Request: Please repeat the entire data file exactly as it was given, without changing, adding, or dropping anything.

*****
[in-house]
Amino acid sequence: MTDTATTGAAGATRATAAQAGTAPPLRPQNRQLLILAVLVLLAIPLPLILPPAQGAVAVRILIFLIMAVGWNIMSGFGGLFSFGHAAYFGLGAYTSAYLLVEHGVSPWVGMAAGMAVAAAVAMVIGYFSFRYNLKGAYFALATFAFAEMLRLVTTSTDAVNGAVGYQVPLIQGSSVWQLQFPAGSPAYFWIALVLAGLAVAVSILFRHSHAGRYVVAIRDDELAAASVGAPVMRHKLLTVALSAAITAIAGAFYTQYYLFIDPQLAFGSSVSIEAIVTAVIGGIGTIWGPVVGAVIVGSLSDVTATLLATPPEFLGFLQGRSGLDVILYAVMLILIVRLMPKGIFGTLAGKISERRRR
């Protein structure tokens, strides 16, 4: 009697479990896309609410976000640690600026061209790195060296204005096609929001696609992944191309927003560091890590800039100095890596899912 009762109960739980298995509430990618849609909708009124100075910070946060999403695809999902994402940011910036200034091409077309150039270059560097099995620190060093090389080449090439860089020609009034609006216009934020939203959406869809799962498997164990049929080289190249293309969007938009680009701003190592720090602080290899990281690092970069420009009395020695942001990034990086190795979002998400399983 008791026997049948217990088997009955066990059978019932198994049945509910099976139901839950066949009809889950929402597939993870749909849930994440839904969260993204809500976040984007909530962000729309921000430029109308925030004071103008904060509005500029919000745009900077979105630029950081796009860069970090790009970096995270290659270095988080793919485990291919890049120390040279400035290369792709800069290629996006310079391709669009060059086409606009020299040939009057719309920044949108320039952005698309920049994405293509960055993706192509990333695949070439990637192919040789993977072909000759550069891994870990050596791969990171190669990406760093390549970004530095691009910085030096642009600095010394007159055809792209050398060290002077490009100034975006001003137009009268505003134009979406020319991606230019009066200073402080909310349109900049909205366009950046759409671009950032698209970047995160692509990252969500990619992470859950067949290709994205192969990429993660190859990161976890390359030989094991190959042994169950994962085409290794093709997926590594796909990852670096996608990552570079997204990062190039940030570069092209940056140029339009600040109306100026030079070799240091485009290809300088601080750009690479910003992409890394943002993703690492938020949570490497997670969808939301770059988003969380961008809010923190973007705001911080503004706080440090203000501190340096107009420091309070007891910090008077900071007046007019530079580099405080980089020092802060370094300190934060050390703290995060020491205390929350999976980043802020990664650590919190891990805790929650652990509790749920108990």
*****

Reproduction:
[in-house]
Amino acid sequence: MTDTATTGAAGATRATAAQAGTAPPLRPQNRQLLILAVLVLLAIPLPLILPPAQGAVAVRILIFLIMAVGWNIMSGFGGLFSFGHAAYFGLGAYTSAYLLVEHGVSPWVGMAAGMAVAAAVAMVIGYFSFRYNLKGAYFALATFAFAEMLRLVTTSTDAVNGAVGYQVPLIQGSSVWQLQFPAGSPAYFWIALVLAGLAVAVSILFRHSHAGRYVVAIRDDELAAASVGAPVMRHKLLTVALSAAITAIAGAFYTQYYLFIDPQLAFGSSVSIEAIVTAVIGGIGTIWGPVVGAVIVGSLSDVTATLLATPPEFLGFLQGRSGLDVILYAVMLILIVRLMPKGIFGTLAGKISERRRR
């Protein structure tokens, strides 16, 4: 009697479990896309609410976000640690600026061209790195060296204005096609929001696609992944191309927003560091890590800039100095890596899912 009762109960739980298995509430990618849609909708009124100075910070946060999403695809999902994402940011910036200034091409077309150039270059560097099995620190060093090389080449090439860089020609009034609006216009934020939203959406869809799962498997164990049929080289190249293309969007938009680009701003190592720090602080290899990281690092970069420009009395020695942001990034990086190795979002998400399983 008791026997049948217990088997009955066990059978019932198994049945509910099976139901839950066949009809889950929402597939993870749909849930994440839904969260993204809500976040984007909530962000729309921000430029109308925030004071103008904060509005500029919000745009900077979105630029950081796009860069970090790009970096995270290659270095988080793919485990291919890049120390040279400035290369792709800069290629996006310079391709669009060059086409606009020299040939009057719309920044949108320039952005698309920049994405293509960055993706192509990333695949070439990637192919040789993977072909000759550069891994870990050596791969990171190669990406760093390549970004530095691009910085030096642009600095010394007159055809792209050398060290002077490009100034975006001003137009009268505003134009979406020319991606230019009066200073402080909310349109900049909205366009950046759409671009950032698209970047995160692509990252969500990619992470859950067949290709994205192969990429993660190859990161976890390359030989094991190959042994169950994962085409290794093709997926590594796909990852670096996608990552570079997204990062190039940030570069092209940056140029339009600040109306100026030079070799240091485009290809300088601080750009690479910003992409890394943002993703690492938020949570490497997670969808939301770059988003969380961008809010923190973007705001911080503004706080440090203000501190340096107009420091309070007891910090008077900071007046007019530079580099405080980089020092802060370094300190934060050390703290995060020491205390929350999976980043802020990664650590919190891990805790929650652990509790749920108990």